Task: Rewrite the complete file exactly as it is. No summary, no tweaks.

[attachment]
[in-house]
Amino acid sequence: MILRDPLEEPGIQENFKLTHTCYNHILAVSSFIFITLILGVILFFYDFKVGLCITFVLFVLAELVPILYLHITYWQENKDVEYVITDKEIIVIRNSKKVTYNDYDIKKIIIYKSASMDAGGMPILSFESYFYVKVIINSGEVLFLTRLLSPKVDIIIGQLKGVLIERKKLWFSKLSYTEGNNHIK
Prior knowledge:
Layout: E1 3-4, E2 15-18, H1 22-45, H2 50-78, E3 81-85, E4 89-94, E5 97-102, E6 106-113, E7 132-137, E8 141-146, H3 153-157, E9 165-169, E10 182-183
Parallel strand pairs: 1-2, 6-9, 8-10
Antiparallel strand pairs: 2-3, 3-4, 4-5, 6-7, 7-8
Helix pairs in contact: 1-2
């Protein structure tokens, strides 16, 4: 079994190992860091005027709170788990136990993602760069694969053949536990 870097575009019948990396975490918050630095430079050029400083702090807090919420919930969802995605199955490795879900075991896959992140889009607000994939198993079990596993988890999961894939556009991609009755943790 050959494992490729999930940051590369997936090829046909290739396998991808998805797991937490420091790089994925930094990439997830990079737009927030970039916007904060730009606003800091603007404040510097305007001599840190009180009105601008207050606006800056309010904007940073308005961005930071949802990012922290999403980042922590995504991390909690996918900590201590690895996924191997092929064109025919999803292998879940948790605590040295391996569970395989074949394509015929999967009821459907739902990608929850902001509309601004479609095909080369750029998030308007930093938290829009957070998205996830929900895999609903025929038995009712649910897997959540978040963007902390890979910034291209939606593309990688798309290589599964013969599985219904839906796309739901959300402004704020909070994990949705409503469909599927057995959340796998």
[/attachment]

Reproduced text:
[in-house]
Amino acid sequence: MILRDPLEEPGIQENFKLTHTCYNHILAVSSFIFITLILGVILFFYDFKVGLCITFVLFVLAELVPILYLHITYWQENKDVEYVITDKEIIVIRNSKKVTYNDYDIKKIIIYKSASMDAGGMPILSFESYFYVKVIINSGEVLFLTRLLSPKVDIIIGQLKGVLIERKKLWFSKLSYTEGNNHIK
Prior knowledge:
Layout: E1 3-4, E2 15-18, H1 22-45, H2 50-78, E3 81-85, E4 89-94, E5 97-102, E6 106-113, E7 132-137, E8 141-146, H3 153-157, E9 165-169, E10 182-183
Parallel strand pairs: 1-2, 6-9, 8-10
Antiparallel strand pairs: 2-3, 3-4, 4-5, 6-7, 7-8
Helix pairs in contact: 1-2
């Protein structure tokens, strides 16, 4: 079994190992860091005027709170788990136990993602760069694969053949536990 870097575009019948990396975490918050630095430079050029400083702090807090919420919930969802995605199955490795879900075991896959992140889009607000994939198993079990596993988890999961894939556009991609009755943790 050959494992490729999930940051590369997936090829046909290739396998991808998805797991937490420091790089994925930094990439997830990079737009927030970039916007904060730009606003800091603007404040510097305007001599840190009180009105601008207050606006800056309010904007940073308005961005930071949802990012922290999403980042922590995504991390909690996918900590201590690895996924191997092929064109025919999803292998879940948790605590040295391996569970395989074949394509015929999967009821459907739902990608929850902001509309601004479609095909080369750029998030308007930093938290829009957070998205996830929900895999609903025929038995009712649910897997959540978040963007902390890979910034291209939606593309990688798309290589599964013969599985219904839906796309739901959300402004704020909070994990949705409503469909599927057995959340796998």